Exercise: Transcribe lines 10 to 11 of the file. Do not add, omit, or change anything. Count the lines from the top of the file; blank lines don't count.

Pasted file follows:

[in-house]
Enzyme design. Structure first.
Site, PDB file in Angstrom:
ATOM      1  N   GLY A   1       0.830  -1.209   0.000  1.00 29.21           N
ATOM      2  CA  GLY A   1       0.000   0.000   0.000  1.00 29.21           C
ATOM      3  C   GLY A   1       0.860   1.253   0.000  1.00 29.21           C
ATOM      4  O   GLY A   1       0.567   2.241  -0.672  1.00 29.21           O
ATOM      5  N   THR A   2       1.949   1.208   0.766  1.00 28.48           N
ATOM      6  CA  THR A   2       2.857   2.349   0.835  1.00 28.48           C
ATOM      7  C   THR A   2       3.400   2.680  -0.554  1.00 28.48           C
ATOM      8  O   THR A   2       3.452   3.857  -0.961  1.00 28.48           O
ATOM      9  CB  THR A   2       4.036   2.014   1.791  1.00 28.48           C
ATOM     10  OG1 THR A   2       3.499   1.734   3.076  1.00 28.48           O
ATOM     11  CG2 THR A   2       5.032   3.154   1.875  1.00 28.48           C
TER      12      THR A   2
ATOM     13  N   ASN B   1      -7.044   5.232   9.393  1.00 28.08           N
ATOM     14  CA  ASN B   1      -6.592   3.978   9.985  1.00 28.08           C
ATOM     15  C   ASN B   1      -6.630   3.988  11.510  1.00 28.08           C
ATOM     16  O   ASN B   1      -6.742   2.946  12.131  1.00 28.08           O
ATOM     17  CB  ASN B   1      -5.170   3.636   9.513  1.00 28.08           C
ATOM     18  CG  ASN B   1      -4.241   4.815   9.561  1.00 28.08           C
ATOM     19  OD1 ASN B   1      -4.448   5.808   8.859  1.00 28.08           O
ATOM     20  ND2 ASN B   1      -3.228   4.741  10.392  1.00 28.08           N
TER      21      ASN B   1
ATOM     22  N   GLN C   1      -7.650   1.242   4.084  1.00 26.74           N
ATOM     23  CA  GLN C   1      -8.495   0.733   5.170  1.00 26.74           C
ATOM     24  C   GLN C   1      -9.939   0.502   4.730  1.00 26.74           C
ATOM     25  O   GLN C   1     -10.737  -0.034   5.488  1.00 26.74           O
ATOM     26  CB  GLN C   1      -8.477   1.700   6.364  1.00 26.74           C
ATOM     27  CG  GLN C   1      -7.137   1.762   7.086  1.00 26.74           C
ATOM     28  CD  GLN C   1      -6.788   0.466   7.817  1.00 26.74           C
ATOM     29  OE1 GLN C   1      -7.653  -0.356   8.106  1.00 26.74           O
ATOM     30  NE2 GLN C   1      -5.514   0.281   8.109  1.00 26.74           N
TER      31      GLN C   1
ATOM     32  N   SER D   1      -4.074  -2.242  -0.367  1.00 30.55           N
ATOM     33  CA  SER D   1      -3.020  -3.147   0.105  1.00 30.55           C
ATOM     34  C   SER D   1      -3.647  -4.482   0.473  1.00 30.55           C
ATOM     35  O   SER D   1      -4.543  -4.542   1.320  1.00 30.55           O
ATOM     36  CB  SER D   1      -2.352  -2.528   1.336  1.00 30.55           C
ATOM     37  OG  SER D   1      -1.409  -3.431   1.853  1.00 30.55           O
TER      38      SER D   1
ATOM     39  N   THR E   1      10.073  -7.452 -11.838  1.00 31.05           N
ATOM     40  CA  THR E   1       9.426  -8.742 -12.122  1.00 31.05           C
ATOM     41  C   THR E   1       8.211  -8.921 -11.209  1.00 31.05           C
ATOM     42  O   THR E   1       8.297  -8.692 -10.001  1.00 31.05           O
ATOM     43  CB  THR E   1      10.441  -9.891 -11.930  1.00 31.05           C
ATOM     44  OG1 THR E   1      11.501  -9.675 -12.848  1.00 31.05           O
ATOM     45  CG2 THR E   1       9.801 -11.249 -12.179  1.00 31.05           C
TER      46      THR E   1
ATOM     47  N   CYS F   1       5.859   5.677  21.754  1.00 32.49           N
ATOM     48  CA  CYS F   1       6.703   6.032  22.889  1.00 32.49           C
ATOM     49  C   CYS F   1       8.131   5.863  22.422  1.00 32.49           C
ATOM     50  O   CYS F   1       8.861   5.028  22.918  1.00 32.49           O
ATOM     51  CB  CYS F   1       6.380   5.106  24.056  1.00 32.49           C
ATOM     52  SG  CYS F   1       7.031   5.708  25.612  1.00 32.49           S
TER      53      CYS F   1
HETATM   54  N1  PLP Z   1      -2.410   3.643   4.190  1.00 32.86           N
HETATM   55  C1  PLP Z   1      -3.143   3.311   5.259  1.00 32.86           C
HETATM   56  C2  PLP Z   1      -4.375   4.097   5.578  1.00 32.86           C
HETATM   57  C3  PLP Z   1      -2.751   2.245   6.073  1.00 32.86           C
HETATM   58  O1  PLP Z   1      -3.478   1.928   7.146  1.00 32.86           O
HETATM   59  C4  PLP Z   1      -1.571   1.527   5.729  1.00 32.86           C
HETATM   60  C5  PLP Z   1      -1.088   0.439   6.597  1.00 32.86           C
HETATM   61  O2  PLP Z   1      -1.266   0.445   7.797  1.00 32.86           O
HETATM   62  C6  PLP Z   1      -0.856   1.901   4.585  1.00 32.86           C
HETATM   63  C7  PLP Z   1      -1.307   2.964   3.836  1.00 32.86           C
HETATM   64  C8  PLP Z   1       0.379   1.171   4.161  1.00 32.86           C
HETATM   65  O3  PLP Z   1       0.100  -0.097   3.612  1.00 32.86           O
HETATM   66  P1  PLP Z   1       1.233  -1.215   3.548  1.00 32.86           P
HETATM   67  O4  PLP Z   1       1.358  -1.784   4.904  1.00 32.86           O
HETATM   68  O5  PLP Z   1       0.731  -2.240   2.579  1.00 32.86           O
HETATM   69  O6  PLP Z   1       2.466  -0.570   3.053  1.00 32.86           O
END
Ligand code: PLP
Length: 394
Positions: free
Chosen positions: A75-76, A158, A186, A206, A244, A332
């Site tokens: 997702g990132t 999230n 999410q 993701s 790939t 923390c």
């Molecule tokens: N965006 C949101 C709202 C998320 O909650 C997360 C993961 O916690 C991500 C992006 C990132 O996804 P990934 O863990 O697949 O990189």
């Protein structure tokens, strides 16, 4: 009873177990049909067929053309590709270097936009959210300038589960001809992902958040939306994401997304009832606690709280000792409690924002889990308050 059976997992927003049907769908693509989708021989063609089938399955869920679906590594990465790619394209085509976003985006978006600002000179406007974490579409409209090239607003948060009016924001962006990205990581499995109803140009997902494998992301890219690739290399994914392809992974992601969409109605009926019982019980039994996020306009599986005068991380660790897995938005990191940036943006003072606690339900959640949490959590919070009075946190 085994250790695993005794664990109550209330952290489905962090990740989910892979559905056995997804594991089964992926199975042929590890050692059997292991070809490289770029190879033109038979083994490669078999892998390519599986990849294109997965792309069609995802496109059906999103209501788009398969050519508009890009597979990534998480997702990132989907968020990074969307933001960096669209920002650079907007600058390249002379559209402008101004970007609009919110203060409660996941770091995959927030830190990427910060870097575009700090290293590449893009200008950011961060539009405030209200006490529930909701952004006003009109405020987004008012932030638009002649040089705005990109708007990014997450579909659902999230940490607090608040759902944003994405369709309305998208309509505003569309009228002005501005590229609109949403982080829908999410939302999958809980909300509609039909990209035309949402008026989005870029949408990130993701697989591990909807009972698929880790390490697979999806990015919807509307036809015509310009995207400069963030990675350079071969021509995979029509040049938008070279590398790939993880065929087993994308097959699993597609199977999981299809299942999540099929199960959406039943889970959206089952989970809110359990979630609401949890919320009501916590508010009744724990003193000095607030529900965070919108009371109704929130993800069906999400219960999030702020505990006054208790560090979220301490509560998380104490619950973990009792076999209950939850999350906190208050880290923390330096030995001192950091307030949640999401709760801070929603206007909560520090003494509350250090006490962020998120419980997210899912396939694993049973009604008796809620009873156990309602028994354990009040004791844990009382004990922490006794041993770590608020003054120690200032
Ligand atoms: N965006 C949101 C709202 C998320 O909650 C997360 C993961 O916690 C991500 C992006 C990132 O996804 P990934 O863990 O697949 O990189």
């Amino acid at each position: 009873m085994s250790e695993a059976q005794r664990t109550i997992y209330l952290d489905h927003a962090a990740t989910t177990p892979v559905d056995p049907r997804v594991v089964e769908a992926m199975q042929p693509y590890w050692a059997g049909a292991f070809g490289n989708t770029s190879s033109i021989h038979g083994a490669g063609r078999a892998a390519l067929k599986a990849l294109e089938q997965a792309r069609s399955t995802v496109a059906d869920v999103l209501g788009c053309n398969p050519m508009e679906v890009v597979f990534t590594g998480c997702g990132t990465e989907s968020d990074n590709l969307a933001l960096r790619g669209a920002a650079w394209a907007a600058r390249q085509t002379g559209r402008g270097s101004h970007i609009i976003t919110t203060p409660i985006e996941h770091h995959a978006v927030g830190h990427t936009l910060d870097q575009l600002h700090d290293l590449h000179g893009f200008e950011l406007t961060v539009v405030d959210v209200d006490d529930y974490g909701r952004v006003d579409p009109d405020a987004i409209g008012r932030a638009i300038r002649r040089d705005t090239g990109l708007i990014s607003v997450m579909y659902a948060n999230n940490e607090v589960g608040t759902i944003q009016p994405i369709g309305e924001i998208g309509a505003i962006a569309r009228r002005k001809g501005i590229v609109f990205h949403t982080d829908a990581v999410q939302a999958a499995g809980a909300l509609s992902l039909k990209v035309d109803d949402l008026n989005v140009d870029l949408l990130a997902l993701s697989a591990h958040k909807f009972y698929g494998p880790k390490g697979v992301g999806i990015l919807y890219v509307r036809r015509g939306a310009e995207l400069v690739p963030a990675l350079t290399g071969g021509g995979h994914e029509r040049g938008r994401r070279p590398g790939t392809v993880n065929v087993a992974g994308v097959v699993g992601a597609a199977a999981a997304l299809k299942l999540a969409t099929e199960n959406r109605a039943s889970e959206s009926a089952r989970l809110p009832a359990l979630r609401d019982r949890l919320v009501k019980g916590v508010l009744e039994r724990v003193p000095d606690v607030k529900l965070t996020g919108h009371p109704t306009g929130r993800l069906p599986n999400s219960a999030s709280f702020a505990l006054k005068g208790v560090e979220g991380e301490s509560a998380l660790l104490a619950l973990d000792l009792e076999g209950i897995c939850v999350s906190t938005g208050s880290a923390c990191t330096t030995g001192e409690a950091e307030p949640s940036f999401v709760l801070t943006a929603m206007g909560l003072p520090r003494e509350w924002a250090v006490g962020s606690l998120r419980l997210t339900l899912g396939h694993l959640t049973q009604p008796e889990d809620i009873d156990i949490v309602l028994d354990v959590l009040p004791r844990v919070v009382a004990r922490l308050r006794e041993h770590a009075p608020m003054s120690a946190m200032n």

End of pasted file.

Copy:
ATOM      7  C   THR A   2       3.400   2.680  -0.554  1.00 28.48           C
ATOM      8  O   THR A   2       3.452   3.857  -0.961  1.00 28.48           O